2. Here’s how bones get transformed: fcurve->driver->matrix->constraint->matrix. What does “matrix” mean? It means that the bones’ transforms aren’t stored as separate loc/rot/scale triplets-- to evaluate the constraints, the matrices need to be decomposed back into triplets. But that involves some loss of data-- eg, a rotation of 190 degrees turns into a rotation of -170 degrees. But also, Euler angles are a weird abstraction of actual orientations, because 3D orientations can not be decomposed into 3 separate, equal values. -180,180 eulers are overbroad-- there’s more than one set of eulers describing any particular orientation. (Think about 3 triplets for a ship’s orientation on the globe: latitude, longitude, heading. Why do longitude and heading have 360 degrees while latitude only has 180 degrees?) So when you go euler->matrix->euler, the eulers you get out aren’t necessarily the eulers you put in.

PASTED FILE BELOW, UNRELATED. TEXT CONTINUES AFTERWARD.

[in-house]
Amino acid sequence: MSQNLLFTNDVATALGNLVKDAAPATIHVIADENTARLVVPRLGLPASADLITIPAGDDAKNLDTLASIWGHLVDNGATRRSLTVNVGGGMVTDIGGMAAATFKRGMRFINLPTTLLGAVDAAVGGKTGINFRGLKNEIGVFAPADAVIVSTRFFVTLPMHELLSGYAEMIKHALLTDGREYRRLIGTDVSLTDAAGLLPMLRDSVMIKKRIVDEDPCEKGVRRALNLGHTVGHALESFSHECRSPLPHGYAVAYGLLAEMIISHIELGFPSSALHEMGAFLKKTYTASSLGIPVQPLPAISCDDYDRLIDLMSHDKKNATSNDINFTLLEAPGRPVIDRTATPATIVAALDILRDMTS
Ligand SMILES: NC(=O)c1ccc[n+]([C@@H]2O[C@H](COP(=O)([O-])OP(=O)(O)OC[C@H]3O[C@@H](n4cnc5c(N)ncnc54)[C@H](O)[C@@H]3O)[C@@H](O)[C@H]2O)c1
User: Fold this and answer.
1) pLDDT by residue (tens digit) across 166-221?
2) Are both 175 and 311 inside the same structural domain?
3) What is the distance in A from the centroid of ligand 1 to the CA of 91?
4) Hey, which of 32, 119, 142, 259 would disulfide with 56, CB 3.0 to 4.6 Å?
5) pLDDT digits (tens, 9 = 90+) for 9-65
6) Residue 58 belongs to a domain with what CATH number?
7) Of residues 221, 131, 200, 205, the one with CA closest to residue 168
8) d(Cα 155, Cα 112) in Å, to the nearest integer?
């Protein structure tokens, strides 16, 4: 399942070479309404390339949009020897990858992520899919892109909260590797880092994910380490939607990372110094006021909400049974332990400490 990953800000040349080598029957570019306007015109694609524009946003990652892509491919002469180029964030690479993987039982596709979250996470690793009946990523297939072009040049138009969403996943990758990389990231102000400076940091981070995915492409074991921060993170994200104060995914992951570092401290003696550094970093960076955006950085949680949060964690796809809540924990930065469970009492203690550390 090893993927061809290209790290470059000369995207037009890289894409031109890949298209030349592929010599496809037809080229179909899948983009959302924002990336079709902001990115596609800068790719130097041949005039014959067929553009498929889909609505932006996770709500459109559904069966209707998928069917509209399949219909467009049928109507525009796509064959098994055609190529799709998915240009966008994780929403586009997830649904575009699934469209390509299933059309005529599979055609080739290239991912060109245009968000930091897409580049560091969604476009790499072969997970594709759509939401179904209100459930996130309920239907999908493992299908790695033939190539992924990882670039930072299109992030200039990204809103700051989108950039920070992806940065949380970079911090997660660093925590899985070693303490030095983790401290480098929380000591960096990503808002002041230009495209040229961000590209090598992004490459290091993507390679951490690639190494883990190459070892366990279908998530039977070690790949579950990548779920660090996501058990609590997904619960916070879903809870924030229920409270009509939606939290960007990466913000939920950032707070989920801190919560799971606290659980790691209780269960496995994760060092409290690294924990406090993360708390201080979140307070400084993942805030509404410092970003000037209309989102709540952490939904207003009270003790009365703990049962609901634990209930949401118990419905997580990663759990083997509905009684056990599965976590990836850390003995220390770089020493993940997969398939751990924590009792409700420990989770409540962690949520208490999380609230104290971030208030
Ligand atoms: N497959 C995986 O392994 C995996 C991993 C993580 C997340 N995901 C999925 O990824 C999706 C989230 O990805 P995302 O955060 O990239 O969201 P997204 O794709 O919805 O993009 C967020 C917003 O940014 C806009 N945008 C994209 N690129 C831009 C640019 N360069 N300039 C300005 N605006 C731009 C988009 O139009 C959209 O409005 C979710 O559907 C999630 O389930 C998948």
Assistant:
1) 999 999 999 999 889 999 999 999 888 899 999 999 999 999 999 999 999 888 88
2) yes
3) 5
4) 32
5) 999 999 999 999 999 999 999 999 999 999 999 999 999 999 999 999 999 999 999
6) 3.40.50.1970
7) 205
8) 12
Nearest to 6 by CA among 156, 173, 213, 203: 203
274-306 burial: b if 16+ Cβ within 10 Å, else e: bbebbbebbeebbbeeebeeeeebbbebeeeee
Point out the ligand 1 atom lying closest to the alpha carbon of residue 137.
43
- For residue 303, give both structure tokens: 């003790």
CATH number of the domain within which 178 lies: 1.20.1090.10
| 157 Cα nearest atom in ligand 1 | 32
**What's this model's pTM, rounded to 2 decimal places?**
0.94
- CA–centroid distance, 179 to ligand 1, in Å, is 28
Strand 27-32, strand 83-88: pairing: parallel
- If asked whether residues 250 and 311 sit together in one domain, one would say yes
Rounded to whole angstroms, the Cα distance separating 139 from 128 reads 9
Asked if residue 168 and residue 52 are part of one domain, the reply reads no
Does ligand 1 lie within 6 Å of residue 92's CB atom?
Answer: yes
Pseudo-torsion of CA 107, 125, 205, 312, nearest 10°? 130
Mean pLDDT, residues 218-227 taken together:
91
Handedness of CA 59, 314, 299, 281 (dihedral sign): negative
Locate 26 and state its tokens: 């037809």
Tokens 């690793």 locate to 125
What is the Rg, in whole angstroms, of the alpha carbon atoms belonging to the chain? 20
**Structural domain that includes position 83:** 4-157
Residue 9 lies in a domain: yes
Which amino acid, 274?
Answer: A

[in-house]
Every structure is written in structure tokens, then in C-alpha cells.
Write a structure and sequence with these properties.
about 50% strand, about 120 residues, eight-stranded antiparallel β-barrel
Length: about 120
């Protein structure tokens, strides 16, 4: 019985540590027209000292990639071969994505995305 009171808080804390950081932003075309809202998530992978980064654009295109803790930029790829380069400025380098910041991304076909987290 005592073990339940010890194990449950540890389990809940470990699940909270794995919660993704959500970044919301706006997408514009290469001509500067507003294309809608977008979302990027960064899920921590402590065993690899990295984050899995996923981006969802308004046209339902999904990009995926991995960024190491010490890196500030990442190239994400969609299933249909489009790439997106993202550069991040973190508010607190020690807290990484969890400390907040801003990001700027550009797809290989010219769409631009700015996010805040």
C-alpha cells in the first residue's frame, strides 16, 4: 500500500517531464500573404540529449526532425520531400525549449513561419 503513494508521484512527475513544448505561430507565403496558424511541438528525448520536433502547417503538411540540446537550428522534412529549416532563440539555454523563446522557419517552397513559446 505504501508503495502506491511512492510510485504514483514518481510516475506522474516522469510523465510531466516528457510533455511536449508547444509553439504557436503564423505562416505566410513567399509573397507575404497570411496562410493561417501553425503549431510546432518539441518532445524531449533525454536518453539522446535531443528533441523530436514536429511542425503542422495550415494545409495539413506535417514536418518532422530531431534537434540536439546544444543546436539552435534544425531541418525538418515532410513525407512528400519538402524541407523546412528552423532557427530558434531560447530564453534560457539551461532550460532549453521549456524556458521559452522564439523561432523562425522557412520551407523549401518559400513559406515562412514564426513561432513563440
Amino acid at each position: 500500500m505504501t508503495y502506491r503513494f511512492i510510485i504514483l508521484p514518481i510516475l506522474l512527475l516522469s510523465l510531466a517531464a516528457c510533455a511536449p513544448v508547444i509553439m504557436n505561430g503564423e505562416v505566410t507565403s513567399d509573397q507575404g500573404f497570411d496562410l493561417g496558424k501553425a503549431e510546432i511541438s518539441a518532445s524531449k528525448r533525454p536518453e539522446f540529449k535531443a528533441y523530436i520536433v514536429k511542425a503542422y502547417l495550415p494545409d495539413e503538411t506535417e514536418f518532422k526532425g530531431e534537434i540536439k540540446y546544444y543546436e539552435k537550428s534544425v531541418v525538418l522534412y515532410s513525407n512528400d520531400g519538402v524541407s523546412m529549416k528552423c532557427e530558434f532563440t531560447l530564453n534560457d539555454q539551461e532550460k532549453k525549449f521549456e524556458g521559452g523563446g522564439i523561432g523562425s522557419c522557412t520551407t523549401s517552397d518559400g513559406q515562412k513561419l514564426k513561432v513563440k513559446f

So, drivers, for which the eulers you put in, are the eulers you get out.

For me, I haven’t made a perfect auto-shoulder. However, my favorite “close enough” version, for an IK arm, uses two, 2-bone IK chains, both tracking the same target-- but the first one’s bone starts slightly above the shoulder, and the shoulder bone damped tracks a marker parented to that first bone:

Not demo’d, but better to give pole targets to keep the same elbow position, and it may be necessary to limit the rotation of the clavicle. (But I don’t limit rotation with a simple limit rotation constraint, because of 2 above; I damped track a marker bone that has a limited position.)

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Thanks for the bone transform breakdown!

And alas, how my little lizard brain hisses at drivers

Is there a specific keyword I’ve been missing to look for a better explanation of driver expressions? I’ve looked at a good majority of “demystifying” and driver series on youtube to no avail. I’m aware it’s a BEDMAS format, the equation logic just keeps going over my head.